candlestick

1812-1821


The Collected Letters, Volume 1


-----

TC TO ALEXANDER CARLYLE; 11 April 1821; DOI: 10.1215/lt-18210411-TC-AC-01; CL 1:351-353.


TC TO ALEXANDER CARLYLE

Edinr, 11th April 1821—

My dear Brother,

I had just concluded the first meal of the day now passing over me,1 when a tall wench interrupted my reflections, by lugging in that respectable box—the sight of which never fails to inspire me with agreeable ideas of various kinds. It gives me promise not only of substantial accom[m]odations for the outward man, but also of intelligence refreshing for the inward man, and it holds out the prospect ‘of an hour or two’ to be spent agreeably in transmitting intelligence from myself in return. The second gratification I have already enjoyed; the first is certainly in store for me; and the last, you see, I am purposing to make sure of without delay.

Your sheet (the first real sheet of a long time) is well filled and pleasantly. Cobbett ‘triple-turned Renegade’2 tho' he be—will not I am persuaded be unfruitful in your hands: by turning him over patiently as liesure serves, you cannot fail to acquire a substantial knowledge of Grammar; your hand of write is very considerably improved, as well as your orthography, and both will go on improving still farther. Practice is the only road to Perfection, in this art as in others; and you cannot have a better opportunity of travelling it, than my necessities hold out to you at present. Continue to epistolize me diligently. Write concerning all matters that cross your ‘mental veeshon’; give me a true picture of your state and situation—outward and domestic; you can tell me nothing that will not be interesting. I would not be unreasonable, however; I daresay you are very busy at this period,—tilling the soil—for potatoes, or harrowing it over corn, or fallowing it, or doing twenty things beside: so I do not look for such minute and comprehensive dispatches yet, as I shall get by and by. Only be as liberal as you can; do not fail to give me something, and I shall be satisfied.

There is nothing different in my condition, since I wrote last to you. The Review I finished eight days ago, and gave to Waugh directly: I understand it is to be printed in due course. Something however there seems to be requiring discussion connected with it. Waugh told me yesterday, that the Editor Dr Poole, thawt viry highly of eet; and wished to see me at tea to-night for the purpose of talking about it. I am going accordingly. I suppose it is too long; for their book is small, and I was copious at the time. Dr Poole shall have leave (Heaven bless him!) to make ‘a kirk and a mill’3 of the thing if he likes—so his principal do but table me a reasonable quantum of cash for my duty. I imagine it possible that some benefit may arise to me from this undertaking. The present article is very wretched certainly: but if it induce them to give me more—of an agreeable stamp—I should find little difficulty, while in health, of throwing of[f] a sheet or so of letter-press for them monthly; from which would arise a neat little sum—sufficient to maintain me snugly throughout the whole year, and leave me room besides to prosecute such other objects as I might incline. With health, I certainly fear nothing: and health I trust may be served by due attention. As to the Provost's scheme, I think it may perhaps turn to something beneficial after all. I have written about it to Irving; and design to mention it to some others. Perhaps I might contrive to get—say four boys; it would keep me beyond danger of want—of itself; and then I have fair scope in other directions.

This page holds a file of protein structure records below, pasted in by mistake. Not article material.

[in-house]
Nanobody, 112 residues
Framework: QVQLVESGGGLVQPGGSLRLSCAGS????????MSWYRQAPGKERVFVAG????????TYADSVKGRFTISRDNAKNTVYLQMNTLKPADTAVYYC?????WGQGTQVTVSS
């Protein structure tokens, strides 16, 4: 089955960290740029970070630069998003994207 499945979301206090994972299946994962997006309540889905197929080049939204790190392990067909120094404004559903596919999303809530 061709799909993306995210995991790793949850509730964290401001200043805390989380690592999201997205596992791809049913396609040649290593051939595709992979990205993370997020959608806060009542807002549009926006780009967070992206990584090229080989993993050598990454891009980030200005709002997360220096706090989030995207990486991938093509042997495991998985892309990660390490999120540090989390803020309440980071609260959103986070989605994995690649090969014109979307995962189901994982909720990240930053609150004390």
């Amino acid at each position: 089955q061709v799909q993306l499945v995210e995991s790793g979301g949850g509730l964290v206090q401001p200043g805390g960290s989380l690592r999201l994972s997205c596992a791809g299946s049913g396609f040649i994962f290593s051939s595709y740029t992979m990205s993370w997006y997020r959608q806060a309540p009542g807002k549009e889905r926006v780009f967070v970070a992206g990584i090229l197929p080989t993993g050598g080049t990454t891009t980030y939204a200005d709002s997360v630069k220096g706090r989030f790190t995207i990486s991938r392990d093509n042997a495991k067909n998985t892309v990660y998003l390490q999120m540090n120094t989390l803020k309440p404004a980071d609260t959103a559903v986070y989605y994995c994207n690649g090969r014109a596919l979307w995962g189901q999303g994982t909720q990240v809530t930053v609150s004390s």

We must all fight and fight—if we would live in this world. I often think they are happier that fight for solid necessary objects, than they that vex themselves in vain for dainty cates to satisfy the boundless cravings of a spirit left unoccupied. To see them hunting and drinking and debauching all ways; dancing, dressing, strutting—not to mention your great conquerors and projectors of various sorts—alas! the mind is languid and tempest-tossed and discontented, do what they will. Your husbandman keeps hold of Health any way; and I tell you the possession of that bright blessing is better than the empire of the world. If you could penetrate into the hearts of our poor shambling lairds—whether they be dandies or jolly ones, and see the yellowness and flatness of their inward landscape; you would fly with double speed back to your fresh fields and bracing air; gladly forsaking the switch and quizzer and other plaiks [toys] invented by French barbers and the like, for the venerable plough—invented by Father Adam himself, and dignified by the usage of patriarchs and heroes, and still better dignified intrinsically as the Upholder of the human race.— But a truce with Philosophy— There is no room for her here.— Do you hear any thing about Jamie Johnstone of late? I have enquired often but without success. Tell me next time: and collect news for me from all parts, no matter how empty— I rejoice over the library,4 and its new chance of existence. Watch over it, in spite of all opposition.— Write long, long: believing me to be always,

Your faithful Brother, /

Thomas Carlyle

What, in the name of wonder, is become of Jack?